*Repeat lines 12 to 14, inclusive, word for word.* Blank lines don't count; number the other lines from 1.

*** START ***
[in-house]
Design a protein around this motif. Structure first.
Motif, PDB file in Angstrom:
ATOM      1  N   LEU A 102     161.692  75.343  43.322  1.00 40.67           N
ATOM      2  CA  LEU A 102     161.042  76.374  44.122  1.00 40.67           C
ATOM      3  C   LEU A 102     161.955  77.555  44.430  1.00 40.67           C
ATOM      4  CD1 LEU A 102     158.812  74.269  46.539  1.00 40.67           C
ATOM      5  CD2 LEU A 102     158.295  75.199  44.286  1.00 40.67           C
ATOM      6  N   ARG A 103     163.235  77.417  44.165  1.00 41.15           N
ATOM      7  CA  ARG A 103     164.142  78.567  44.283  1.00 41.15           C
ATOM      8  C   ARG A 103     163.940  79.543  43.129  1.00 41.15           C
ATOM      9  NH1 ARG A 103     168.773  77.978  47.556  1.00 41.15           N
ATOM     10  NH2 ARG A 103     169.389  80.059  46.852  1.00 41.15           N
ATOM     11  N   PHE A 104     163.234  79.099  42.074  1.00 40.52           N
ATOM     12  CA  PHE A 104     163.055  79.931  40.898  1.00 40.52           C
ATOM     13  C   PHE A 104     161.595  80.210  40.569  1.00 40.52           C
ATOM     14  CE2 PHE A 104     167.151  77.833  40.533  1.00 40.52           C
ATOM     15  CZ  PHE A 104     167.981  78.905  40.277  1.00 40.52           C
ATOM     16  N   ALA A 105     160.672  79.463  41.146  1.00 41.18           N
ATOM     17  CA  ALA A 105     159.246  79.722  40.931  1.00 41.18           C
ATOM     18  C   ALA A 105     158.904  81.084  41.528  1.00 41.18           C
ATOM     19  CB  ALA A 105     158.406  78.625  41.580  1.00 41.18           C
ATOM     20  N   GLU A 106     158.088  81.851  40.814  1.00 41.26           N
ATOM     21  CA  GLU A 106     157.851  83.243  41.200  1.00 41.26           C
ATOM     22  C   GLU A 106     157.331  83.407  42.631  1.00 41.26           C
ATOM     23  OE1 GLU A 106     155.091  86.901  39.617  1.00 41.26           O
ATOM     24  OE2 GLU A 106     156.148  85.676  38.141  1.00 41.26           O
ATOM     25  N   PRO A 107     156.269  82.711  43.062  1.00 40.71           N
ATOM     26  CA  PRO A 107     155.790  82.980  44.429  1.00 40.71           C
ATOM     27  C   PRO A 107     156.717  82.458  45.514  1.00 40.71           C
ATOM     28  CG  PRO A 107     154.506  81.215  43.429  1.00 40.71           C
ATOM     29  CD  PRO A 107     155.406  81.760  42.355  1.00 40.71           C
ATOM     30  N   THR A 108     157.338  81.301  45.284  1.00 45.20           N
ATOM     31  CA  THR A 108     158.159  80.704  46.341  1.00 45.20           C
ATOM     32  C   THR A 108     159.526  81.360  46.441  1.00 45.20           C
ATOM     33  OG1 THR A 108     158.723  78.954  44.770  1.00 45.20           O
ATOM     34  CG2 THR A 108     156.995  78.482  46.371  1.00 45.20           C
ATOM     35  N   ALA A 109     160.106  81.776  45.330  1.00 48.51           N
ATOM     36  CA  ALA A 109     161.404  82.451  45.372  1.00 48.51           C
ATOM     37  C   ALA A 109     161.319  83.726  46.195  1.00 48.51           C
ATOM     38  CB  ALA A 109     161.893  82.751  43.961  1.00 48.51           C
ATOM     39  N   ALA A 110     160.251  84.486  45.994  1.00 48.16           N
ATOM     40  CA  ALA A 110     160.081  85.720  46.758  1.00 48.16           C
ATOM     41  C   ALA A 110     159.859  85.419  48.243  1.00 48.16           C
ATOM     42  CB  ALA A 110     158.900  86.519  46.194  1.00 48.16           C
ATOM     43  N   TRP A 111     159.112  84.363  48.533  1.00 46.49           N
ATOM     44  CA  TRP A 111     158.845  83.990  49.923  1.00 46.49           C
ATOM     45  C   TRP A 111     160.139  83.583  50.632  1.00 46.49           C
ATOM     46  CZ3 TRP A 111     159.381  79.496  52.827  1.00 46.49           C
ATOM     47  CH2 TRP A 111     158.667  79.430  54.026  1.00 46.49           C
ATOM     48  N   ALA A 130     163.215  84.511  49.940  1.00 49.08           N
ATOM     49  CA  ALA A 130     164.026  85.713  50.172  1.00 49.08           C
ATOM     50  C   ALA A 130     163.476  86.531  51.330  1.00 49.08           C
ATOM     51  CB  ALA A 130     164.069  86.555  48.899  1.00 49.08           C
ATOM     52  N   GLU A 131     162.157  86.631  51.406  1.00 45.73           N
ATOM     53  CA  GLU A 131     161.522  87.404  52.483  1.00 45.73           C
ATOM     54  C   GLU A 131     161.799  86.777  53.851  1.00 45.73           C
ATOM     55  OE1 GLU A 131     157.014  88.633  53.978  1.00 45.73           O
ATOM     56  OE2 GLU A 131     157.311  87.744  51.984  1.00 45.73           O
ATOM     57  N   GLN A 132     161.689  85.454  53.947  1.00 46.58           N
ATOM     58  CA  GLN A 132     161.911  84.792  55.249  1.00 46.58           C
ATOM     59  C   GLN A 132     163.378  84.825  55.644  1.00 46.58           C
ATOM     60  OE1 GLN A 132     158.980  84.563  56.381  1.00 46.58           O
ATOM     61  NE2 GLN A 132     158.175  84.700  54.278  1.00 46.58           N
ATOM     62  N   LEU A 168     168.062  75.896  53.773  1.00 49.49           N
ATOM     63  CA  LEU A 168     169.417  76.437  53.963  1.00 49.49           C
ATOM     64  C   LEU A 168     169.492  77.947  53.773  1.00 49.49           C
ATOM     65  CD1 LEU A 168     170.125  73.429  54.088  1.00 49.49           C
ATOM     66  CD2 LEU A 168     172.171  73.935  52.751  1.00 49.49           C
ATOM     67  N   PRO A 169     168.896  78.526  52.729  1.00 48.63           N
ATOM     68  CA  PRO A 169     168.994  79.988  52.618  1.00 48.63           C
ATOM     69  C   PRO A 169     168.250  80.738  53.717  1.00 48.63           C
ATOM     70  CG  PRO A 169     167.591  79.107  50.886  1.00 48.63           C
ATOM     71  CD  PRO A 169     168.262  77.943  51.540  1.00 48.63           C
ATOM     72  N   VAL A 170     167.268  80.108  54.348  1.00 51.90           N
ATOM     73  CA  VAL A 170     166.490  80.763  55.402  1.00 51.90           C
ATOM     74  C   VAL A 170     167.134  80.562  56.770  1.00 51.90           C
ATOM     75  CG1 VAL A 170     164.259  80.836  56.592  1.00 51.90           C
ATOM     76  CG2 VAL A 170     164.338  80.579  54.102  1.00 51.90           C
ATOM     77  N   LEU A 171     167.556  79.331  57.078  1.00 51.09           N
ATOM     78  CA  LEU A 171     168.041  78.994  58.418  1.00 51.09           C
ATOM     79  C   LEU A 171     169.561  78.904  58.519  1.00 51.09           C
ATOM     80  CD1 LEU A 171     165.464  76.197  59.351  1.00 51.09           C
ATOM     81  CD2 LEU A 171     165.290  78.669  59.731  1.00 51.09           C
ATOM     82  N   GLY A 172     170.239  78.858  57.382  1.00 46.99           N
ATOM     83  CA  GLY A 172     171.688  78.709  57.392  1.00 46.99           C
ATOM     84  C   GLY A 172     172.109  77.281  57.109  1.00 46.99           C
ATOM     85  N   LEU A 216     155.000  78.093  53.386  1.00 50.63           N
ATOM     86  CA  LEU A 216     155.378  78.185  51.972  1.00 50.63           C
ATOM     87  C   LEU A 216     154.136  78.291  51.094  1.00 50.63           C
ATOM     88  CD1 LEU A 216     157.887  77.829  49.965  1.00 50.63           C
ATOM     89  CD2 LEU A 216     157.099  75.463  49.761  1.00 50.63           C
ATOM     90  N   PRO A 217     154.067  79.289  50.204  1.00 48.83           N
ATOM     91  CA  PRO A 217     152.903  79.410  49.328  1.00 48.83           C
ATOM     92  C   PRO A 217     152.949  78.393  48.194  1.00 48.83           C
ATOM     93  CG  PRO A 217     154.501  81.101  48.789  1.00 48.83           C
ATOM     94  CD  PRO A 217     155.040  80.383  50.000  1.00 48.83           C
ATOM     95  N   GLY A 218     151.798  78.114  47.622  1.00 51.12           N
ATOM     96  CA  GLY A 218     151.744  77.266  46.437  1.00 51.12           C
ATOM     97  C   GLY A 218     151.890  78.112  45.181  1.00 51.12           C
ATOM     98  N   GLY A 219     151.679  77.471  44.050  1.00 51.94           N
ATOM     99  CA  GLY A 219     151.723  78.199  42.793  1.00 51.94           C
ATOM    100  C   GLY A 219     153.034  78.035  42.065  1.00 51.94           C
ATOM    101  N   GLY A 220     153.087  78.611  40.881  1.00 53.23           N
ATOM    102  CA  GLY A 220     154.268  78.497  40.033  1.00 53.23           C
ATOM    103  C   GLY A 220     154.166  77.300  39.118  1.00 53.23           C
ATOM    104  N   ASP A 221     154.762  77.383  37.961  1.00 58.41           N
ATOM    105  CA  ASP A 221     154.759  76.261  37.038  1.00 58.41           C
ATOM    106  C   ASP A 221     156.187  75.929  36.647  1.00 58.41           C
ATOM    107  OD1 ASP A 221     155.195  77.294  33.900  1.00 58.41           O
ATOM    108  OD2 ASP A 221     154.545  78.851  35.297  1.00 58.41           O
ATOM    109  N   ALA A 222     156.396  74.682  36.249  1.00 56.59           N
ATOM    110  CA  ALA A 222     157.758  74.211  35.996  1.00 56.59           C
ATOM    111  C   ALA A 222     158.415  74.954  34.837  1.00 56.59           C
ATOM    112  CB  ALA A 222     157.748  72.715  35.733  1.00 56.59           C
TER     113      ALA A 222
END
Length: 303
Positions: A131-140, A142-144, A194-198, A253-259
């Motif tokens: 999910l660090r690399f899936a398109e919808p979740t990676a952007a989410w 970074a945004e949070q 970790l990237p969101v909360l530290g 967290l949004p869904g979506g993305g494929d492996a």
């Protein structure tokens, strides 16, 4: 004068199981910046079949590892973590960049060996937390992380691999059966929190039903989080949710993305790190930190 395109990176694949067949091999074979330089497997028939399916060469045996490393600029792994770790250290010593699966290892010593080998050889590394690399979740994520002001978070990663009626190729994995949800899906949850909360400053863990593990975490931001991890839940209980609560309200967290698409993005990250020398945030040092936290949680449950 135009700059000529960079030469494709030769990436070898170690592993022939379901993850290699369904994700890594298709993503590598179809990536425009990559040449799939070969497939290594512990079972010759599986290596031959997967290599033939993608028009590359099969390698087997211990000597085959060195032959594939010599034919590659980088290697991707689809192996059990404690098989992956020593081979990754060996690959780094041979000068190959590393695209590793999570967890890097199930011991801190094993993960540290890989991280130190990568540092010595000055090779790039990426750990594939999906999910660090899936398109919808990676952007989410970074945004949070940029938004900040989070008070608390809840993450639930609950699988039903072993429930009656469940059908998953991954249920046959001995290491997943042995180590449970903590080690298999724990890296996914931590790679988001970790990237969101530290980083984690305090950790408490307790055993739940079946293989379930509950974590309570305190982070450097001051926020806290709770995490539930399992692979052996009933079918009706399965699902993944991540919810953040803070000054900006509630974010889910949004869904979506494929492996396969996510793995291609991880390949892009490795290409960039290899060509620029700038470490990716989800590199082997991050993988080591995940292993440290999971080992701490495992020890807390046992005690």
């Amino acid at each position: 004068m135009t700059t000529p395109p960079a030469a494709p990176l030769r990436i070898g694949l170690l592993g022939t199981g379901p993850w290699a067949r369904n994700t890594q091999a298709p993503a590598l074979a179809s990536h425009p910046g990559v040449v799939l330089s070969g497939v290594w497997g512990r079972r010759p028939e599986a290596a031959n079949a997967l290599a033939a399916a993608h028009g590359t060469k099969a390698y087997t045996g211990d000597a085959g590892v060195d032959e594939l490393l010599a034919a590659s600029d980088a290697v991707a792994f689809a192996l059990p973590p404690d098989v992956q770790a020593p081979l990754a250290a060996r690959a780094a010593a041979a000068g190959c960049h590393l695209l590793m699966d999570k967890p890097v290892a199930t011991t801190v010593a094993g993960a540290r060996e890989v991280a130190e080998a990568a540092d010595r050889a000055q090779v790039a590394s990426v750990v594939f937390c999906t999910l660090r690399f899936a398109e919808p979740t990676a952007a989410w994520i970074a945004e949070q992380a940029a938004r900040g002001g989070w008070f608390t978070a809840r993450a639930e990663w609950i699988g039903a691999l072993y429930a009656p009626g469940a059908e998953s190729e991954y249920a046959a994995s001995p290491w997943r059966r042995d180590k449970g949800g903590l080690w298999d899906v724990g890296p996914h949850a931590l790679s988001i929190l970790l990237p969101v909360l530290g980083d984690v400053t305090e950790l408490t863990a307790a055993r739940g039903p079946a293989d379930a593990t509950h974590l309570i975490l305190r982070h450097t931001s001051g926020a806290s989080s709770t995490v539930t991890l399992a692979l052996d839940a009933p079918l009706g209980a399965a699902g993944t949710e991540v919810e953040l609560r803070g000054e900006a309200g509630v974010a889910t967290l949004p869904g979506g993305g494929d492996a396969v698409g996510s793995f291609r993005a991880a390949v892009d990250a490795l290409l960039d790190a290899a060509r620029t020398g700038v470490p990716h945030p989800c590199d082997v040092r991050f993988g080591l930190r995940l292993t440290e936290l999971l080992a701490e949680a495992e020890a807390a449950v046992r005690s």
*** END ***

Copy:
ATOM      9  NH1 ARG A 103     168.773  77.978  47.556  1.00 41.15           N
ATOM     10  NH2 ARG A 103     169.389  80.059  46.852  1.00 41.15           N
ATOM     11  N   PHE A 104     163.234  79.099  42.074  1.00 40.52           N